Hey there, time traveller! This article was published 12/3/2018 (1407 days ago), so information in it may no longer be current.
Back in the 1980s, an American anti-drug commercial compared an egg sizzling in frying pan to illegal drug use.
"This is your brain on drugs... Any questions?" the message announced.
Since then, many iterations have aired because this visual analogy is so effective.
Of course drugs don’t literally cook your brain like an egg.
But they can be damaging to both mind and body — though some more than others. In fact, the illegal drug that comes closest to this analogy is methamphetamine.
The hard drug that goes by many names — crystal, meth, speed and crank, to name a few — has grown in popularity as a street drug in the last 30 years in North America, and more so in Winnipeg in recent months as police make large seizures of increasingly pure and potent batches of the crystalline stimulant.
Cheap and long-lasting, it provides users with seemingly endless energy and intense euphoria... at least at first.
It’s also incredibly harmful, leading to short- and long-term health problems that in some cases are irreversible.
To explain just why meth is so destructive, the Free Press asked two professors of pharmacology at the University of Manitoba to explain how methamphetamine affects the body.
Whether snorted, ingested, injected or smoked, meth primarily affects three neurotransmitters in the brain: dopamine, serotonin and norepinephrine. All are involved in our senses of pleasure, alertness and well being among others, says Gordon Glazner, an associate professor in the department of pharmacology and therapeutics at the U of M, and principal investigator for neurodegenerative disorders at St. Boniface Hospital Research.
"The massive release (of these neurotransmitters) will primarily cause two things: one, it will cause a sense of euphoria and two it will cause your brain to become excited."
These sensations obviously make meth popular. Yet its effects on these brain messaging chemicals are also what make it harmful.
In small doses, as with other stimulants such as cocaine and caffeine, users feel like they think more clearly and quickly.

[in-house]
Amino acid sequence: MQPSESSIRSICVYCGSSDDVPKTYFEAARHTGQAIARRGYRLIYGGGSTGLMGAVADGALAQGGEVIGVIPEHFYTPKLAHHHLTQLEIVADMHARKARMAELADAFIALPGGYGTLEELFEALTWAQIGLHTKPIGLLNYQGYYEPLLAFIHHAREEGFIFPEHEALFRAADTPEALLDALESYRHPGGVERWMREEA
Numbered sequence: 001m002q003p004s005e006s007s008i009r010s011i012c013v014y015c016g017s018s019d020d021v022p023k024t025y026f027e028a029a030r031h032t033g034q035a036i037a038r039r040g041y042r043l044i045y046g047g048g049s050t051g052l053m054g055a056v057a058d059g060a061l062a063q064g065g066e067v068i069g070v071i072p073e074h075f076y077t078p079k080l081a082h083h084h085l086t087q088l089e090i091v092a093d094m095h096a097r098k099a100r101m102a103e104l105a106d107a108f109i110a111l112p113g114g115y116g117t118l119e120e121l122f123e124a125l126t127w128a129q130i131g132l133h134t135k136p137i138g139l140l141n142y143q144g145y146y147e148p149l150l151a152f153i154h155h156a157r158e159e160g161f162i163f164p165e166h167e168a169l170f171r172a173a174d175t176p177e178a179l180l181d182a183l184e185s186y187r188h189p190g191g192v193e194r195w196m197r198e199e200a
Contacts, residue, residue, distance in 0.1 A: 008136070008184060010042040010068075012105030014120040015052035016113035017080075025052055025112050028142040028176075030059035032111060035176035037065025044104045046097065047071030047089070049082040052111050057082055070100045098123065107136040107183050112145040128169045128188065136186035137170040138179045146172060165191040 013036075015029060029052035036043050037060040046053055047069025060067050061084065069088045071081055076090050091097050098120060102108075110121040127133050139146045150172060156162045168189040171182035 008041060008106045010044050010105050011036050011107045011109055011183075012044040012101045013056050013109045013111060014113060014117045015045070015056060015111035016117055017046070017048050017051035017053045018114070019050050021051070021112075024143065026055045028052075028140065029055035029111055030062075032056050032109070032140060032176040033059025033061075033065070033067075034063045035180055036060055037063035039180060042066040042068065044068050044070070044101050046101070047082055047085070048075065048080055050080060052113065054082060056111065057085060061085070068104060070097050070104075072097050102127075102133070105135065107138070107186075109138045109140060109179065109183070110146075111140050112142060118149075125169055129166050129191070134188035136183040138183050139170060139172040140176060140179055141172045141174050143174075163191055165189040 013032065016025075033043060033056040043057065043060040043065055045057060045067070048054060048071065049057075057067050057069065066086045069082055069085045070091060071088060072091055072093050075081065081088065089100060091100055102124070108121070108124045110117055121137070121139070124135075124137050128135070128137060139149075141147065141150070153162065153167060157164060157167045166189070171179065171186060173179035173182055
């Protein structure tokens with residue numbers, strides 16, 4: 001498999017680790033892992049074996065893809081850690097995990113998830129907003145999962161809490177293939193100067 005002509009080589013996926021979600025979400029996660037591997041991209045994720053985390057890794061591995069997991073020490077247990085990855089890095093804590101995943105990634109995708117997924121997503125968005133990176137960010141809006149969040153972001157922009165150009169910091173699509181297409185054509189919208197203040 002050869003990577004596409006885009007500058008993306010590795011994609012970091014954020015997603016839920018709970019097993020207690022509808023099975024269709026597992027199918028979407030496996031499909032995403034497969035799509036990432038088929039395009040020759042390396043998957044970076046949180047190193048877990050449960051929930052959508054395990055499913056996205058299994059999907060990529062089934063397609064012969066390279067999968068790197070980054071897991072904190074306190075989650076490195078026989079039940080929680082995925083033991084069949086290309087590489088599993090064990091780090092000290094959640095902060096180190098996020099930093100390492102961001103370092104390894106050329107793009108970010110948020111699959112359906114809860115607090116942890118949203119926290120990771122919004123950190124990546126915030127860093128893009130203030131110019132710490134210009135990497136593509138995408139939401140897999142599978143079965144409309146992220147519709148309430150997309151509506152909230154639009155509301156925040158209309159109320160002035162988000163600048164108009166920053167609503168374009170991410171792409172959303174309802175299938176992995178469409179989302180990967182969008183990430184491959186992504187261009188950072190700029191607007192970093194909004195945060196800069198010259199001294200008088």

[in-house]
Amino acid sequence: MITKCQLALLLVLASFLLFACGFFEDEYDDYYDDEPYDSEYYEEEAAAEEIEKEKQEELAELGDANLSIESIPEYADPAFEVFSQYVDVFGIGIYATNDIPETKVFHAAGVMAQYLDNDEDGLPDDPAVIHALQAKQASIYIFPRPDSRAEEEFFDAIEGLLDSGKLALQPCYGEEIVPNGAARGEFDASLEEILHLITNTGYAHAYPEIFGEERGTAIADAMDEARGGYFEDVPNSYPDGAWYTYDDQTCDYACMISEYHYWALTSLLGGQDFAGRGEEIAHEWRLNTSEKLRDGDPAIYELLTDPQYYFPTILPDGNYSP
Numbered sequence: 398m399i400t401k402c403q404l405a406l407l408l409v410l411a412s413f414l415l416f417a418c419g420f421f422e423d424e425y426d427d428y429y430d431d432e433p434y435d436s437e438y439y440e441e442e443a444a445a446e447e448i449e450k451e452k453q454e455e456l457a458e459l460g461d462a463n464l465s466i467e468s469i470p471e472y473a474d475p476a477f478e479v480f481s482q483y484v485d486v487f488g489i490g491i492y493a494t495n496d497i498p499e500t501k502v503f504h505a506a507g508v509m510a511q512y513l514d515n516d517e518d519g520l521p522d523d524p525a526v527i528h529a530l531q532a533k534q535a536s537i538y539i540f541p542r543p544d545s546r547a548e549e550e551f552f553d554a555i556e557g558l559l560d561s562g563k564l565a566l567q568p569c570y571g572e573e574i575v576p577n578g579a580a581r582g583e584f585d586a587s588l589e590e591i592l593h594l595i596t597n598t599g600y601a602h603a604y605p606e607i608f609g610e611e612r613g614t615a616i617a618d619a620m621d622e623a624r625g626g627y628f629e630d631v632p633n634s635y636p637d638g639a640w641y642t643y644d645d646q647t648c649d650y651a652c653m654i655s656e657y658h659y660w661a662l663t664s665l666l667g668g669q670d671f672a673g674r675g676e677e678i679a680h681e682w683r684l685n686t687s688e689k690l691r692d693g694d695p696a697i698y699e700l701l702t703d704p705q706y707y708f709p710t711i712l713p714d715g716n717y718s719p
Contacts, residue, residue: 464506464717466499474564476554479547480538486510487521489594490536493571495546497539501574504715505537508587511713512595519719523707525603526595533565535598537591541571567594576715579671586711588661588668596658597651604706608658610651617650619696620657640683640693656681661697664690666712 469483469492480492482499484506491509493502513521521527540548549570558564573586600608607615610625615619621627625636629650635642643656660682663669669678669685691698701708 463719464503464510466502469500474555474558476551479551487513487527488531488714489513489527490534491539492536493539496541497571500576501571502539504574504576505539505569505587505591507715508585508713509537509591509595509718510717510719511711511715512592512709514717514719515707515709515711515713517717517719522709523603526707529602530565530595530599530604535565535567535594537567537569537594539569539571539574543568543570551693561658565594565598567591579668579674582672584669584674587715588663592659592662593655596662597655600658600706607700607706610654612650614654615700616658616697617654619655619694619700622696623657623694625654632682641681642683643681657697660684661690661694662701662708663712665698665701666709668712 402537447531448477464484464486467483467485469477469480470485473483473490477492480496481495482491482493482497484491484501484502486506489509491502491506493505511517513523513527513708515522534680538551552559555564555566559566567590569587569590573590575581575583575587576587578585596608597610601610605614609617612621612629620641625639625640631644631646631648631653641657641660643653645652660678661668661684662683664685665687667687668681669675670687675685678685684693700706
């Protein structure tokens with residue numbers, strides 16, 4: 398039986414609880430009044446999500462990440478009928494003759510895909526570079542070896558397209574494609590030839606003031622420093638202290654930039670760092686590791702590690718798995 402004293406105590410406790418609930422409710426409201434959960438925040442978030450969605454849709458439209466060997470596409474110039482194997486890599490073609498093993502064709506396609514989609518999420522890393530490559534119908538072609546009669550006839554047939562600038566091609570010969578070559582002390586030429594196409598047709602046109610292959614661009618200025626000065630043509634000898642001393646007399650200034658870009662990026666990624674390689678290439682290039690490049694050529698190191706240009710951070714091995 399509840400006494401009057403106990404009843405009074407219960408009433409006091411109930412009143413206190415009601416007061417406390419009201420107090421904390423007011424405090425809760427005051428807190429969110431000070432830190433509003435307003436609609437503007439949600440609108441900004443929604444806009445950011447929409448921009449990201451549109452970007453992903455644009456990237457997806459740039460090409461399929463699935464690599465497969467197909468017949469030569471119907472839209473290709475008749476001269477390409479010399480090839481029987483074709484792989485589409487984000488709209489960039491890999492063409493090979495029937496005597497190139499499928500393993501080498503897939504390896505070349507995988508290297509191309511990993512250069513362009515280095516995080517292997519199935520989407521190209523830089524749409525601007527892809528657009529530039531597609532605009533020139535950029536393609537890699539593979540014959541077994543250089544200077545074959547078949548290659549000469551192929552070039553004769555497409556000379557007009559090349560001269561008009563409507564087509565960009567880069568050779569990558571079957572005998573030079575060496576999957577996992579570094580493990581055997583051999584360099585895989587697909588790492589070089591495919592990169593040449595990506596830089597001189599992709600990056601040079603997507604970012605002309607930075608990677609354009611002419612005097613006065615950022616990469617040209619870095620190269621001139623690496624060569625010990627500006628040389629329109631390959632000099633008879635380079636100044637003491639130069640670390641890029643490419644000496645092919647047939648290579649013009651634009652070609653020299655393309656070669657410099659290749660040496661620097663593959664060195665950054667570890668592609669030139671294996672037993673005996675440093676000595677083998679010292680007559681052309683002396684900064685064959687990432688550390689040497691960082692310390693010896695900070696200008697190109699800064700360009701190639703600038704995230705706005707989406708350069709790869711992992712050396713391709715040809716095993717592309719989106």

It will improve the function of your brain, Glazner says, until you do too much, too often, "and it burns your brain out."
Because of its effect on these neurotransmitters, users also can find it difficult to stop doing meth. Specifically, its effect on dopamine levels makes limiting use challenging. Dopamine is involved in many roles in the brain, including movement. It’s also central to learning. "Dopamine is basically the reward pathway," says Don Miller, a colleague of Glazner’s in pharmacology at the U of M, who specializes in drug development treating brain disorders.
When we engage in behaviour that leads to positive outcomes, our brain releases dopamine, essentially training us that the action is desirable and should be repeated.
So a hug from a loved one or doing well on an exam can elicit dopamine responses, teaching your brain on a chemical level that these activities are worth repeating.
Methamphetamine, and cocaine for that matter, increase dopamine in the brain by blocking a mechanism that essentially recycles the neurotransmitter, ensuring we don’t get too stimulated. But methamphetamine takes it a step further. It also causes neurons to release more dopamine than usual.
"Based on this standpoint cocaine is probably a safer drug than (meth)amphetamine because it doesn’t do that double-whammy and hang around in the system as long," Miller says, adding that doesn’t make cocaine less harmful or addictive.
But methamphetamine lasts longer in the body, produces a more intense high, and as such, leads to more harmful outcomes.
Meth also causes a massive release of epinephrine — more so than cocaine, Glazner says. More commonly known as adrenaline, epinephrine stimulates our flight or fight response.
"What that does amongst other things is increases your heart rate and decreases blood flow to your peripheries while increasing blood pressure," he says. "Basically, your body is responding like it’s being chased by a tiger."